All in all, it&#8217;s a wonderful collection. I didn&#8217;t love every single one of the stories, but none of them disappointed me either. As a big fan, I was reminded of all the things I love about Dave Eggers as a writer, a constructor of beautiful words, and an observer of people. Corny as it may sound, but I am hungry for more.

How We Are Hungry
By Dave Eggers 

I don’t know why I didn’t review this before. Maybe it was because I didn’t want to flood Miss Contraire with consecutive reviews of Dave Eggers’s books. But anyway. I’m reviewing it now because I re-read it today and it made me feel all sorts of wonderful. Just like the first time.

You probably consider me an unreliable reviewer when it comes to Dave Eggers because I so obviously love everything he does. Well, I concur. I don’t even know if I could ever hate anything he’s written or done.

How We Are Hungry is a collection of fourteen short stories about all sorts of things. One of my favorites is “The Only Meaning of the Oil-Wet Water” because of Hand’s appearance which reminded me of just how much I miss him and Will. It’s a wonderful short story of a love between two friends that can’t decide if it wants to take that jump to the other side or not, while concurrently tackling other things such as surfing, foreign lands, and strange men. It’s pretty long compared to the others and for good reason.

Another favorite is “She Waits, Seething, Blooming,” which is about a mother waiting for her son to get home way past his curfew while imagining the things she’d say and do to him once gets in. It’s a very familiar story that takes place in the mind of a worried mom who’s also aware of her authority over a delinquent teenager. I can’t remember how many times I’ve felt that way; scheming in my head all the things I’d say and do only to end up tongue-tied in the end.

All in all, it’s a wonderful collection. I didn’t love every single one of the stories, but none of them disappointed me either. As a big fan, I was reminded of all the things I love about Dave Eggers as a writer, a constructor of beautiful words, and an observer of people. Corny as it may sound, but I am hungry for more.

VacationBy Deb Olin Unferth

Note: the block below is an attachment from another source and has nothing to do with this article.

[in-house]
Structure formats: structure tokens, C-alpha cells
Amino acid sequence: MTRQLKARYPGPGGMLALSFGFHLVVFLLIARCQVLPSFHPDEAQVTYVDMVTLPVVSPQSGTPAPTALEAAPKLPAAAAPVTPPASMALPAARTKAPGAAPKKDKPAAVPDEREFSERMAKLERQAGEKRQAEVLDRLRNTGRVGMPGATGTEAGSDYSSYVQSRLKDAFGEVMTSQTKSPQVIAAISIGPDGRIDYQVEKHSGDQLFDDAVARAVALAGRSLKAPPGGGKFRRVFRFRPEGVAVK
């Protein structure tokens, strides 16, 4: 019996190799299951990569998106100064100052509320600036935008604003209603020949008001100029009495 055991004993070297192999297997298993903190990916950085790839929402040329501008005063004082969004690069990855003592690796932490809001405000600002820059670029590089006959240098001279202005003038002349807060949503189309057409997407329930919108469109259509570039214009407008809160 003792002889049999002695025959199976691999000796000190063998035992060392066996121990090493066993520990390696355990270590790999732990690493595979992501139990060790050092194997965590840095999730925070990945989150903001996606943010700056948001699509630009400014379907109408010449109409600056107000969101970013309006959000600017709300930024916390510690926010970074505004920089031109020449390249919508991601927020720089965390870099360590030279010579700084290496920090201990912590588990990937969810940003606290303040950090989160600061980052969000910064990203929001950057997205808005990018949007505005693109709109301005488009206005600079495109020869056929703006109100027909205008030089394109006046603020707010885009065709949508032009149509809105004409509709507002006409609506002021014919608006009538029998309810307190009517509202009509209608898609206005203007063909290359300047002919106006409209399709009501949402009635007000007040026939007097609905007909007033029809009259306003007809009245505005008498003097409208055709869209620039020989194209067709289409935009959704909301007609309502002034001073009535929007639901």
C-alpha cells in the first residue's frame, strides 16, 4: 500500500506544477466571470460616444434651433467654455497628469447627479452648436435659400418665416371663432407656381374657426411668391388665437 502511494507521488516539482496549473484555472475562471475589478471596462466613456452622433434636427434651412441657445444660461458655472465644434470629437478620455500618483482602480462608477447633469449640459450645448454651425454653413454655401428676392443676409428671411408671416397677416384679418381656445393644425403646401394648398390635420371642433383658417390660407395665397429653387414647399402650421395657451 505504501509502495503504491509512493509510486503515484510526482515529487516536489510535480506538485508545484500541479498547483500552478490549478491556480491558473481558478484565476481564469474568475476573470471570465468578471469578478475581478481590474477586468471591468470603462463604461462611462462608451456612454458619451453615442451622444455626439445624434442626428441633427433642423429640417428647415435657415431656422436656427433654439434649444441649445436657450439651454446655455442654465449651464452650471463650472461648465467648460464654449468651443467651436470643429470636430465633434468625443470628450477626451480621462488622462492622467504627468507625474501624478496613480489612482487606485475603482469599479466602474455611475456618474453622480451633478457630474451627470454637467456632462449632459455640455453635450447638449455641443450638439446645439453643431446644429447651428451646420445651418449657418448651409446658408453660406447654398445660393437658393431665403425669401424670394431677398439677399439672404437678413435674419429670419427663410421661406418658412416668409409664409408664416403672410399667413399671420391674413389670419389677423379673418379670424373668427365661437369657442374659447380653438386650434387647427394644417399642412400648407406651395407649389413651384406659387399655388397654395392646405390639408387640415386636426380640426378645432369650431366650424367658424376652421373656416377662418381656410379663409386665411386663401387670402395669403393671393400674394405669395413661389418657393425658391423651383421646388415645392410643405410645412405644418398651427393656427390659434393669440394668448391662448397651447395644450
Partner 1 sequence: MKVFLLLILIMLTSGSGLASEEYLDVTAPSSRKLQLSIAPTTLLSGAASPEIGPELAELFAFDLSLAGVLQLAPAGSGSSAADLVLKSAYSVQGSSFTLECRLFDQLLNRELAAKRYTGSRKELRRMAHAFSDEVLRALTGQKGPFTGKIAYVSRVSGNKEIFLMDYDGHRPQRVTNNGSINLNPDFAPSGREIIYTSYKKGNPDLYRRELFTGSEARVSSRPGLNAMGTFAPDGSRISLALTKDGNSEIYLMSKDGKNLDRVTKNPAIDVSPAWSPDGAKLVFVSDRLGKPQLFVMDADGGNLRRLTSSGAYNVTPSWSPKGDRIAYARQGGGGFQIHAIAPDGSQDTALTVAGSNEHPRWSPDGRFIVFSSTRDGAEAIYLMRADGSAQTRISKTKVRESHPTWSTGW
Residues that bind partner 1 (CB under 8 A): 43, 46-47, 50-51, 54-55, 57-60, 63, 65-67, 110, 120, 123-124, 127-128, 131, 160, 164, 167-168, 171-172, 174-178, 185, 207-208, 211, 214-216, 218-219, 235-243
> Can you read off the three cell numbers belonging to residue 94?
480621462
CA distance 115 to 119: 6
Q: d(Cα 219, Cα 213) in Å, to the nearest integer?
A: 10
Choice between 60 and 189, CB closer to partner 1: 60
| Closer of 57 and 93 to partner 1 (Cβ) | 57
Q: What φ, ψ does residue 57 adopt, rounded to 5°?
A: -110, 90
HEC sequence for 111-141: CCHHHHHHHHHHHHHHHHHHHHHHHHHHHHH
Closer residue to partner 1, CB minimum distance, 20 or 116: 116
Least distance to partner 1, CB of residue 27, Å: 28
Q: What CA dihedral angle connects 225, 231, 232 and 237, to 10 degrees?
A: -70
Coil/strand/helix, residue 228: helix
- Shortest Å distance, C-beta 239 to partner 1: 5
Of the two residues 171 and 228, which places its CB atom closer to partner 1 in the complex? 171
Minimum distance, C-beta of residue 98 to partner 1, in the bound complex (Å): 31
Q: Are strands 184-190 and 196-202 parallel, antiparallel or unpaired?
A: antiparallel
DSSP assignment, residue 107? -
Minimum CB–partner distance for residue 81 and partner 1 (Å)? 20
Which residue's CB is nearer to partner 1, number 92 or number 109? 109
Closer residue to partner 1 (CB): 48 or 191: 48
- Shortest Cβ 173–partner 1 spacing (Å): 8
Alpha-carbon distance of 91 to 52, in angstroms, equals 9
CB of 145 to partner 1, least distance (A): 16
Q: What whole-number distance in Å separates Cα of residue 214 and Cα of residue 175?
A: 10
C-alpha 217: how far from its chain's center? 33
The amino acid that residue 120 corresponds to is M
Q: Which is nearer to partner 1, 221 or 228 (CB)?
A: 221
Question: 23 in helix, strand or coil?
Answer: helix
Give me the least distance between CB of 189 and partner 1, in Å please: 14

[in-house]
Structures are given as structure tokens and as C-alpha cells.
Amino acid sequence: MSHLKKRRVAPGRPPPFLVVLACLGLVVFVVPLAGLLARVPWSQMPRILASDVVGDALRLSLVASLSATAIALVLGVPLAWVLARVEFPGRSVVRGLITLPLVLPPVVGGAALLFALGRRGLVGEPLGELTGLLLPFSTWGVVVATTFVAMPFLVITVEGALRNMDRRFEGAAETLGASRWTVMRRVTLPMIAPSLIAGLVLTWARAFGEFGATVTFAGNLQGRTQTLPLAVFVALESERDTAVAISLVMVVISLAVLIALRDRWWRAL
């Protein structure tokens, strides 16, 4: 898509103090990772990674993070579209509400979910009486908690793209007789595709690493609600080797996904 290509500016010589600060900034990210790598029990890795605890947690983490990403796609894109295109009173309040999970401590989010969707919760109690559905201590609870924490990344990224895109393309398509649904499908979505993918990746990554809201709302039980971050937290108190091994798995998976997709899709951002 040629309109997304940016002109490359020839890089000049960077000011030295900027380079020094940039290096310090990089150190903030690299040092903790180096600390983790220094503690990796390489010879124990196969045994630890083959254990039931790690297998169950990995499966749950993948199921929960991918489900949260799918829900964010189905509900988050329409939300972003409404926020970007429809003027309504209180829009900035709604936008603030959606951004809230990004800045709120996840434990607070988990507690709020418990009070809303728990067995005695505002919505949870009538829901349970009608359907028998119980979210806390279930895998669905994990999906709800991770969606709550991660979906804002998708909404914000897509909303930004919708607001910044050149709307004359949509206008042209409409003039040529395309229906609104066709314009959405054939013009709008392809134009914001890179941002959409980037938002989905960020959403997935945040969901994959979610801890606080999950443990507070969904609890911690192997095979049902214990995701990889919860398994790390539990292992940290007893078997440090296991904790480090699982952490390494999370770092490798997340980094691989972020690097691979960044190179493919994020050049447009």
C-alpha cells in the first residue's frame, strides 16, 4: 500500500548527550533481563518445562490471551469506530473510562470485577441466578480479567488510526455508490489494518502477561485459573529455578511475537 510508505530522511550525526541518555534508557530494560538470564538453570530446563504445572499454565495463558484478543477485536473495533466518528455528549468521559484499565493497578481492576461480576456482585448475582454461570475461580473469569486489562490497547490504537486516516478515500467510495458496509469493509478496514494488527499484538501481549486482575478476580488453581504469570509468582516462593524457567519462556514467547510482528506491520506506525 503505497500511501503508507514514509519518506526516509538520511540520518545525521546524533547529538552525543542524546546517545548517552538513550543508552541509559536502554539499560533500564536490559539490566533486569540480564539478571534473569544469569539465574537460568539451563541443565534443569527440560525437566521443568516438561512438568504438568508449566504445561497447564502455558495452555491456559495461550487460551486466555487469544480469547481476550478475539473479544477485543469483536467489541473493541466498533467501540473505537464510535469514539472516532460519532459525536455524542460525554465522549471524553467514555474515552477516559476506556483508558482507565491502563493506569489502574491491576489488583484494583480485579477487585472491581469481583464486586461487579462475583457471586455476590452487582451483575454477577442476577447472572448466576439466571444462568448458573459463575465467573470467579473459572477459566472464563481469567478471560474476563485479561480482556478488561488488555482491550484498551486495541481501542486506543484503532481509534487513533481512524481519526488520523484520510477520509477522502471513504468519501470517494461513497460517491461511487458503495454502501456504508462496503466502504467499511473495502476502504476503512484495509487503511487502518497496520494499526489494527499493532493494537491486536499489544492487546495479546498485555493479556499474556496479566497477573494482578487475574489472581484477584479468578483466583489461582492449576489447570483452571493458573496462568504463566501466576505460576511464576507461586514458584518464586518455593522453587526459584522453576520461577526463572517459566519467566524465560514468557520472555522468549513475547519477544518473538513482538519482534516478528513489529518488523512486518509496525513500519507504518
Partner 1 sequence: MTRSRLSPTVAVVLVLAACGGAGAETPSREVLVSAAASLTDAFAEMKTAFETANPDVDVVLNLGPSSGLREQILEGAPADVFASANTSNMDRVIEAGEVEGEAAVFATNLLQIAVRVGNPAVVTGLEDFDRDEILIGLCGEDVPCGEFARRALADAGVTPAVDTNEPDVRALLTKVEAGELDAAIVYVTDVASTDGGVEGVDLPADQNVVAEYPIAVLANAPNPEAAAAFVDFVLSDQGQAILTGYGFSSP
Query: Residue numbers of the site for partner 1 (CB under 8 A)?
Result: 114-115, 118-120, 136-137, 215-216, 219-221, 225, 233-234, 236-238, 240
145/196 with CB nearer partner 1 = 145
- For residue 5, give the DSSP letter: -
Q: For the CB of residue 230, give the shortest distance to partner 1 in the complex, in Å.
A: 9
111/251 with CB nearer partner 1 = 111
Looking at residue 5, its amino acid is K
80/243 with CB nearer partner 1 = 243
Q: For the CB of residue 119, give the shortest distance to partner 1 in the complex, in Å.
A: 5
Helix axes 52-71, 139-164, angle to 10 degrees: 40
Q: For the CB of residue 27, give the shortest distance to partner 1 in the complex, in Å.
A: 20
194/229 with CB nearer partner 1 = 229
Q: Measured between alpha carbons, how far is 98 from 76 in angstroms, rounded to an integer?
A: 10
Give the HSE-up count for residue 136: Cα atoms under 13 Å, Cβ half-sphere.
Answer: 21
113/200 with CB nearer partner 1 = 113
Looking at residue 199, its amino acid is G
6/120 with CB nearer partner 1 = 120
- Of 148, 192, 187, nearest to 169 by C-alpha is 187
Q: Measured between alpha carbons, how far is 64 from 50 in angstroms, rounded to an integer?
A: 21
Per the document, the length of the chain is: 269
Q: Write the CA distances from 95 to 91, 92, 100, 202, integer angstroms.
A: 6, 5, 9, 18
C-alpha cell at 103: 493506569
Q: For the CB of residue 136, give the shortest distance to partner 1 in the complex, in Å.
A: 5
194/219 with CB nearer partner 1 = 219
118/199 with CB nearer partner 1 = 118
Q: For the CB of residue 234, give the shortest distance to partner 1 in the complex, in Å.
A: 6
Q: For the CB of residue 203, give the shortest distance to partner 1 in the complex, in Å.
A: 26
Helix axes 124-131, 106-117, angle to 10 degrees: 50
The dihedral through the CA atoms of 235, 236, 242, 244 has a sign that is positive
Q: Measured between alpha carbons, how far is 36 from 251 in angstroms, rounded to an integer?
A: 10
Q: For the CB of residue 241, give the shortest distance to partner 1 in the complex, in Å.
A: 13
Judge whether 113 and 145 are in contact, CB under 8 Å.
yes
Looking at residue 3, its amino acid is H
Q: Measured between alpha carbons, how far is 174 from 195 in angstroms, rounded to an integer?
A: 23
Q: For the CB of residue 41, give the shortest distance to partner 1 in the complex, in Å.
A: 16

"Between us we had space, silence. We had longing shooting one direction and nothing coming back. His despondency tied me to him. His jagged wanderings. His sad starlight vigils. I gave in to it. I went along."

How do I even begin? I loved this book so much. So much that it pained me to finish it. I took my time with this because despite how depressing it was, I kind of enjoyed it. Ugh. Let&#8217;s get real. I really, really loved it.
Deb Olin Unferth is unlike any other. Her way with words is amazing, as I&#8217;ve said before, and reading this book just made me feel so lucky. More people should read her stories. You have no idea just how much you&#8217;re missing out on.
Okay. Enough gushing.
This book is about a man who follows his wife while she follows a stranger. That stranger goes out of town and the man goes after him. But that&#8217;s not all. The book shifts from narrator to narrator adding so much mystery to the story. The first chapter will get you hooked. You will not rest until you finish the whole thing. Trust me on this. (It&#8217;s so hard not to gush about a book as good as this.)
Please. Do yourself a favor and read Vacation. It will change you and make you feel things you&#8217;ve never felt about a book before.

Vacation
By Deb Olin Unferth

"Between us we had space, silence. We had longing shooting one direction and nothing coming back. His despondency tied me to him. His jagged wanderings. His sad starlight vigils. I gave in to it. I went along."

How do I even begin? I loved this book so much. So much that it pained me to finish it. I took my time with this because despite how depressing it was, I kind of enjoyed it. Ugh. Let’s get real. I really, really loved it.

Deb Olin Unferth is unlike any other. Her way with words is amazing, as I’ve said before, and reading this book just made me feel so lucky. More people should read her stories. You have no idea just how much you’re missing out on.